BP and the National Wildlife Federation

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(This article is an extract from a longer article "Endangered Wildlife Friends Are Here!" by John Stauber in PR Watch, Volume 8, No. 3 3rd quarter 2001. AS with other entries in SourceWatch it can be edited and added to.) --

I recently stopped at a BP/Amoco gas station near the office of PR Watch. The gas pumps were gaily adorned with colorful posters featuring stuffed toy timber wolves, golden frogs, elephants, spotted leopards and panda bears. "Endangered wildlife friends are here!" the poster proclaimed. "Collect All 5--Only $2.99." The posters carried the logo of Amoco at the top. Beneath a picture of the spotted leopard, the logo of the National Wildlife Federation accompanied text explaining that sale of the stuffed animals would help raise funds for the NWF. Inside I found the stuffed toys, bagged in plastic and labeled "made in China." When I asked the cashier, he said they weren't moving too well. He pointed to a corner display where they had marked the price down from $2.99 to $1.99, "just to get rid of them."

In February 2001, journalist Michelle Cole reported that the National Wildlife Federation had formed a "partnership" with BP/Amoco. NWF gladly accepts corporate donations, and Cole noted that it has also "partnered with some businesses with which other environmental groups would not want to be associated. As a part of a special promotion, customers who purchased at least eight gallons at BP/Amoco gas stations could also get stuffed toys, 'Endangered Wildlife Friends,' tagged with the National Wildlife Federation logo and bearing the message that fossil fuel consumption contributes to global climate change. ... Marketing experts refer to this type of activity as 'branding.' Or, roughly translated, the lengths to which businesses, organizations and some individuals will go to burn a favorable image into the public's minds and hearts and to be distinctly remembered for it."

When Cole interviewed NWF's Vice President of Communications, Philip B. Kavits, he declined to say how much money his group had received from BP/Amoco, and he defended the partnering because it helped NWF "reach a new audience." I called Kavits myself in late July, and this time he was a bit more forthcoming. "The latest figure is $113,000," he said when I asked him about the money. Kavits admitted that the NWF has no measurable evidence that peddling plastic stuffed animals from gas stations really contributes in any way to public education on the issue of global warming, but he asserted that "large numbers of people did go to our website where they found more information."

I asked if the "made in China" logo meant that the stuffed animals were made in sweatshops. Kavits said he didn't know. He also said that NWF's partnership with BP/Amoco did not imply an endorsement.

"BP is one of a huge number of partners that we've dealt with," Kavits said. "This is a small one compared with others we've done. All of Dannon's yogurt containers for years carried fun facts. It really got kids attuned, hopefully, to what's out there in the world. ... It's a two-way relationship. NWF gets revenue out of it. ... In return, hopefully these companies get a chance to showcase their concern." In any case, Kavits asserted, the promotional arrangement with BP/Amoco "ended in February."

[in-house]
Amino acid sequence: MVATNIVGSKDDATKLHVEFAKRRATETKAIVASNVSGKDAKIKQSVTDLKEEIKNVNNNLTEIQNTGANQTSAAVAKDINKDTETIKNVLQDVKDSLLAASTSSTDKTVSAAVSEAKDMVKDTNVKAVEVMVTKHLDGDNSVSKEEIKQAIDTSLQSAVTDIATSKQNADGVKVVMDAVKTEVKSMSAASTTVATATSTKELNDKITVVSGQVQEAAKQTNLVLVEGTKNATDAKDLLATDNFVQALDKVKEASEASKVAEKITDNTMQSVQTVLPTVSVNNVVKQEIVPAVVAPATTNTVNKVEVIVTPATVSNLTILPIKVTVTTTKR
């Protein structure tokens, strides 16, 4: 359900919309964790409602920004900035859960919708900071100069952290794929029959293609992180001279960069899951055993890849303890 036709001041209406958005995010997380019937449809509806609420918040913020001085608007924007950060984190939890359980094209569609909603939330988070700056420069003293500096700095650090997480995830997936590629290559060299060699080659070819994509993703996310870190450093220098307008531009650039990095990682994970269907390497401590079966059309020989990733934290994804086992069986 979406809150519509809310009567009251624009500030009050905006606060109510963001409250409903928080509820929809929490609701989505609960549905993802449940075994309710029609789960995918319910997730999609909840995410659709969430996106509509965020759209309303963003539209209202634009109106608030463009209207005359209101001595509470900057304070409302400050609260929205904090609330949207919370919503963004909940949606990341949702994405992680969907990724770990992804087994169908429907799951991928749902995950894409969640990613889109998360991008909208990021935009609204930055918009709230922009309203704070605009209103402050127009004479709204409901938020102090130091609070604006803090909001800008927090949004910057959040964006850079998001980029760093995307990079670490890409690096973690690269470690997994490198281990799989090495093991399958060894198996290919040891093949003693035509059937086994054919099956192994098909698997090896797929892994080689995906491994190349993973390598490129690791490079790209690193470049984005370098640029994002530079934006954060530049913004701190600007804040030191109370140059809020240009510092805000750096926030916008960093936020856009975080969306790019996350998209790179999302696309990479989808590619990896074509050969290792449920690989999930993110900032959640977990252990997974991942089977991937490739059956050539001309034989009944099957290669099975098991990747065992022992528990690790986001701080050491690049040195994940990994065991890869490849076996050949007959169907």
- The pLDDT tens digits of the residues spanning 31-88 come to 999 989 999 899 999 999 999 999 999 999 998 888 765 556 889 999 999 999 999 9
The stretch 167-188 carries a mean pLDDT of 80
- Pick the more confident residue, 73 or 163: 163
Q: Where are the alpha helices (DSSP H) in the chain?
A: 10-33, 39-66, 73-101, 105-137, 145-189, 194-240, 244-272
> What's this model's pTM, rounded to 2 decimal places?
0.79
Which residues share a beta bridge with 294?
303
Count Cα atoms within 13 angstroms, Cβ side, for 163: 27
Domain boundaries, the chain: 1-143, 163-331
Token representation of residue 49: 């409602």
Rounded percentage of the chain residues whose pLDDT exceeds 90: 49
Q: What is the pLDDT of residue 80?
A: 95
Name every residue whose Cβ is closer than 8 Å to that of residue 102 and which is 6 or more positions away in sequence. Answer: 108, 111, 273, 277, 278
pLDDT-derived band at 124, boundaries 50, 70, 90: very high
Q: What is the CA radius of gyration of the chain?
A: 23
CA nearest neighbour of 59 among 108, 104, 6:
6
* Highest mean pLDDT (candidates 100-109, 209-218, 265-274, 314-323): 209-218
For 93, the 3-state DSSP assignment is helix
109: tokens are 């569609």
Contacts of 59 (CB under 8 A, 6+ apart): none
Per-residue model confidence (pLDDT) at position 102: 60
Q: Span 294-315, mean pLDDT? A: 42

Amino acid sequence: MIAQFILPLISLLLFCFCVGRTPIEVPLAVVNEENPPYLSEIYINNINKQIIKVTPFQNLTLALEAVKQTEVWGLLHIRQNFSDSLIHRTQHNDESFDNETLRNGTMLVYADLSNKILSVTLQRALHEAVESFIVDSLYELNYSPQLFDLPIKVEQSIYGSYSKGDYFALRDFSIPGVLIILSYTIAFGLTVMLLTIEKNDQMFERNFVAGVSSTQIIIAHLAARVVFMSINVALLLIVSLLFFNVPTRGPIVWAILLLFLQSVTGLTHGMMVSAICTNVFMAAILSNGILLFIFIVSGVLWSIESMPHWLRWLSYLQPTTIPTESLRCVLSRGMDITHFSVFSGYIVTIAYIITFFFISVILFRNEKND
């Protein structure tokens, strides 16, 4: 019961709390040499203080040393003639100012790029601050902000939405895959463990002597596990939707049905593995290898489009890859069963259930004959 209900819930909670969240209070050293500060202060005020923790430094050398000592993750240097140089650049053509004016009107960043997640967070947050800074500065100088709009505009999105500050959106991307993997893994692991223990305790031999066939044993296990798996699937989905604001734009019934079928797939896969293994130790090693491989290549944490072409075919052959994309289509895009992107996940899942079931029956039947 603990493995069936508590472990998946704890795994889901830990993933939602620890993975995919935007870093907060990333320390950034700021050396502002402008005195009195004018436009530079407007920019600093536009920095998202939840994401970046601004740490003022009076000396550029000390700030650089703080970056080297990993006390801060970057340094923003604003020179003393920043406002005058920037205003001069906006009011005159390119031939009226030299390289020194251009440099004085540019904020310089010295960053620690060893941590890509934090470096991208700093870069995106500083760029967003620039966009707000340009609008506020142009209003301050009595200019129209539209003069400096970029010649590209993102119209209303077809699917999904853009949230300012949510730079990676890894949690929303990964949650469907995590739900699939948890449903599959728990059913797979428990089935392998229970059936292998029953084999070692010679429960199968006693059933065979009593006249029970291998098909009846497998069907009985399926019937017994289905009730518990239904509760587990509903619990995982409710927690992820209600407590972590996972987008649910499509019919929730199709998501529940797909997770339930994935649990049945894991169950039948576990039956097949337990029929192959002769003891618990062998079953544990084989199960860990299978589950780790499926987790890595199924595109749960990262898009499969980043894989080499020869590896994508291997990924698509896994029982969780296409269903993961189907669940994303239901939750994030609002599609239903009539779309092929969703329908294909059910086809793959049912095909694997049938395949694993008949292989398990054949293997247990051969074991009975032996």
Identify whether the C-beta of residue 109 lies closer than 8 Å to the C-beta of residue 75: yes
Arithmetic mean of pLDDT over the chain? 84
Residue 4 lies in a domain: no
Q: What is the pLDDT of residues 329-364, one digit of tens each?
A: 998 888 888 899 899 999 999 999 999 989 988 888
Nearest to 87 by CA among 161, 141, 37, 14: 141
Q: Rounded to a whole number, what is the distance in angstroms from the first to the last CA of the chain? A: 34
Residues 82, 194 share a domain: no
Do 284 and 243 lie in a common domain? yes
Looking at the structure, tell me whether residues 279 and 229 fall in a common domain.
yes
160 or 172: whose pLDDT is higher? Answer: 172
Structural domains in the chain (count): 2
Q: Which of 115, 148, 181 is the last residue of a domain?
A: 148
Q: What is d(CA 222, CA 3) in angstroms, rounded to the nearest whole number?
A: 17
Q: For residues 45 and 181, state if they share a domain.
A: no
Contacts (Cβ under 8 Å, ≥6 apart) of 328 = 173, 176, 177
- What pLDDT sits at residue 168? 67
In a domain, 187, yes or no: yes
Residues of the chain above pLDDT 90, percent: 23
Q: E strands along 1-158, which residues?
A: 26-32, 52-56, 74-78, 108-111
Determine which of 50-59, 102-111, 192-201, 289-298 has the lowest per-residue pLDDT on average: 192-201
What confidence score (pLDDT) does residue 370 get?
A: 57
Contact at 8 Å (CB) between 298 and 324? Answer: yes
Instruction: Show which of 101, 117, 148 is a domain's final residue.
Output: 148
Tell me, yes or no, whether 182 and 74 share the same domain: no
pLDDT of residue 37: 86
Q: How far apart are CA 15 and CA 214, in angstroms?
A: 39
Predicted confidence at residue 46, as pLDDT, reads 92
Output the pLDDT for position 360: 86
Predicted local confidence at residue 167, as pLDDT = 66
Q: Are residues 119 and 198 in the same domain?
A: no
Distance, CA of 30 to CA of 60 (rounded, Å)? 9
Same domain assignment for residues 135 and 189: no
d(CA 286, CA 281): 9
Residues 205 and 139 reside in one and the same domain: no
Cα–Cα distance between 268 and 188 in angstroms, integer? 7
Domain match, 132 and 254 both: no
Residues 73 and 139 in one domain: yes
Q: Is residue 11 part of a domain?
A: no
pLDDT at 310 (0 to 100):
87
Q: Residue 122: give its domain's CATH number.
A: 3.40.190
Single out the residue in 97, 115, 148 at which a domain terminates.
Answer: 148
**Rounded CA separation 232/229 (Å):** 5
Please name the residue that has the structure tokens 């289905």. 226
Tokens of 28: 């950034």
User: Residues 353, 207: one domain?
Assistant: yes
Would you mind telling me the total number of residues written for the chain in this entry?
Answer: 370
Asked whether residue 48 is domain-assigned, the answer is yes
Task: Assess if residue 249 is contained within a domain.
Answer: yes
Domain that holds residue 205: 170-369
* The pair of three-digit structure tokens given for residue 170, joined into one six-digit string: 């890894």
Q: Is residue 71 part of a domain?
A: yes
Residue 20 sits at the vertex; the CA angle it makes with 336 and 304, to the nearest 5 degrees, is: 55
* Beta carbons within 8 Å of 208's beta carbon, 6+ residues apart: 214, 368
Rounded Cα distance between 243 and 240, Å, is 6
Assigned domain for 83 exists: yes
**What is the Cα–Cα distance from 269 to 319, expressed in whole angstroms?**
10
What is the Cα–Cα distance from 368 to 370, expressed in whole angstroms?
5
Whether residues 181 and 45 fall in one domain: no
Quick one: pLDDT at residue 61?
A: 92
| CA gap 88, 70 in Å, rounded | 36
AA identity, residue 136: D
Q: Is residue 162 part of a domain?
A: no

Perhaps it had ended in the minds of NWF, but at the BP/Amoco station I visited, the promotion was still being hyped in September, half a year later. I conducted an unscientific survey of one customer who agreed with me that having wildlife posters from the National Wildlife Federation on the pump did sound like an endorsement. She was in a hurry, however, and didn't have much time to talk with me. She paid her bill and drove off in her giant SUV, minus the stuffed toy and without any apologies or evident concern about its gas-guzzling, climate-destroying engine.

Pieces of Silver

The $113,000 that NWF has received from BP/Amoco is pocket change for a company that spends millions of dollars on PR and advertising to create the impression that it cares for the environment more than, say, Exxon. From the company's point of view, being able to decorate its pumps with NWF posters for this price is an incredible marketing coup.

BP/Amoco has been carefully positioning itself as a good guy in the fossil fuel industry. It was one of the first oil companies to break publicly with the Global Climate Coalition, the industry's front group on the issue of global warming. It has even tried changing its name, claiming that "BP" stands for "Beyond Petroleum" instead of British Petroleum.

Now that the Bush administration plans to allow oil extraction in the Alaska National Wildlife Preserve, however, BP/Amoco finds itself on the horns of a PR dilemma. Like other oil companies, it stands to make a bundle of money by drilling there, even though the preserve is home to some real "wildlife friends," not just stuffed animals. Like the rest of the oil industry, BP knows very well that it is not really "beyond petroleum," and when this kind of business opportunity comes its way, good-guy rhetoric quickly falls by the wayside.

This contradiction is merely a minor PR dilemma for the spinmeisters employed by BP/Amoco, whose ranks include Burson-Marsteller, Ketchum, MSI Strategic Communications and BSMG Worldwide.

For the National Wildlife Federation, however, it ought to be a major embarrassment. If it is, though, Kavits give no such indication when I interviewed him.

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